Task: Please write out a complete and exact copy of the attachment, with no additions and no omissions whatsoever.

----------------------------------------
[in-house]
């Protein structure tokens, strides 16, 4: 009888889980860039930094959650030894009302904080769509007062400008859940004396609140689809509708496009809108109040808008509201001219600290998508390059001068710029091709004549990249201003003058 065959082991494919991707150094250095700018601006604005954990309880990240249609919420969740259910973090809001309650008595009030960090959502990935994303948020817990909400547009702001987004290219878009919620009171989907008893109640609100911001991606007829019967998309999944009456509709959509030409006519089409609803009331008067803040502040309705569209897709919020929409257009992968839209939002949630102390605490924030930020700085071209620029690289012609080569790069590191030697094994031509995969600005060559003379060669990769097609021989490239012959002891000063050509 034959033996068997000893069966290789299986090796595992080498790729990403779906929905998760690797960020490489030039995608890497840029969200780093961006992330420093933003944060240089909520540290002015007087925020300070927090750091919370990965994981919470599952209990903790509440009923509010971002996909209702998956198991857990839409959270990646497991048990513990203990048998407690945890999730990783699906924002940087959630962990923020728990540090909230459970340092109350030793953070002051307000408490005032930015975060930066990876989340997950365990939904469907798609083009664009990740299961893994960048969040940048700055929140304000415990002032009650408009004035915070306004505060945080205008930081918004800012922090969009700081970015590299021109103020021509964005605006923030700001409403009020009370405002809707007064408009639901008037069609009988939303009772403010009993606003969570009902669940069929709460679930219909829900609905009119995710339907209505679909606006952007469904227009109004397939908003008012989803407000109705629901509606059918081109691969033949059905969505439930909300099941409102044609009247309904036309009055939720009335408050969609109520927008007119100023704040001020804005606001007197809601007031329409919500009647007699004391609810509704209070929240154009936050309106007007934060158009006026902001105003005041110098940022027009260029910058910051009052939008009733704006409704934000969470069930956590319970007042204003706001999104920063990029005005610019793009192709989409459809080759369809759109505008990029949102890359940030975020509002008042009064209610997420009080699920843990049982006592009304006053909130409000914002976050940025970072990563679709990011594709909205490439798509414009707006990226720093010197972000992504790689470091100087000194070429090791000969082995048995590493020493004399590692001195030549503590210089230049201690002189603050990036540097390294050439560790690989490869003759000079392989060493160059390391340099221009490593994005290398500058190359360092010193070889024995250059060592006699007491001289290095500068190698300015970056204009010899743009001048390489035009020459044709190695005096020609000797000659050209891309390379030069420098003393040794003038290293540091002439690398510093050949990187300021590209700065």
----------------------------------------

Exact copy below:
[in-house]
């Protein structure tokens, strides 16, 4: 009888889980860039930094959650030894009302904080769509007062400008859940004396609140689809509708496009809108109040808008509201001219600290998508390059001068710029091709004549990249201003003058 065959082991494919991707150094250095700018601006604005954990309880990240249609919420969740259910973090809001309650008595009030960090959502990935994303948020817990909400547009702001987004290219878009919620009171989907008893109640609100911001991606007829019967998309999944009456509709959509030409006519089409609803009331008067803040502040309705569209897709919020929409257009992968839209939002949630102390605490924030930020700085071209620029690289012609080569790069590191030697094994031509995969600005060559003379060669990769097609021989490239012959002891000063050509 034959033996068997000893069966290789299986090796595992080498790729990403779906929905998760690797960020490489030039995608890497840029969200780093961006992330420093933003944060240089909520540290002015007087925020300070927090750091919370990965994981919470599952209990903790509440009923509010971002996909209702998956198991857990839409959270990646497991048990513990203990048998407690945890999730990783699906924002940087959630962990923020728990540090909230459970340092109350030793953070002051307000408490005032930015975060930066990876989340997950365990939904469907798609083009664009990740299961893994960048969040940048700055929140304000415990002032009650408009004035915070306004505060945080205008930081918004800012922090969009700081970015590299021109103020021509964005605006923030700001409403009020009370405002809707007064408009639901008037069609009988939303009772403010009993606003969570009902669940069929709460679930219909829900609905009119995710339907209505679909606006952007469904227009109004397939908003008012989803407000109705629901509606059918081109691969033949059905969505439930909300099941409102044609009247309904036309009055939720009335408050969609109520927008007119100023704040001020804005606001007197809601007031329409919500009647007699004391609810509704209070929240154009936050309106007007934060158009006026902001105003005041110098940022027009260029910058910051009052939008009733704006409704934000969470069930956590319970007042204003706001999104920063990029005005610019793009192709989409459809080759369809759109505008990029949102890359940030975020509002008042009064209610997420009080699920843990049982006592009304006053909130409000914002976050940025970072990563679709990011594709909205490439798509414009707006990226720093010197972000992504790689470091100087000194070429090791000969082995048995590493020493004399590692001195030549503590210089230049201690002189603050990036540097390294050439560790690989490869003759000079392989060493160059390391340099221009490593994005290398500058190359360092010193070889024995250059060592006699007491001289290095500068190698300015970056204009010899743009001048390489035009020459044709190695005096020609000797000659050209891309390379030069420098003393040794003038290293540091002439690398510093050949990187300021590209700065």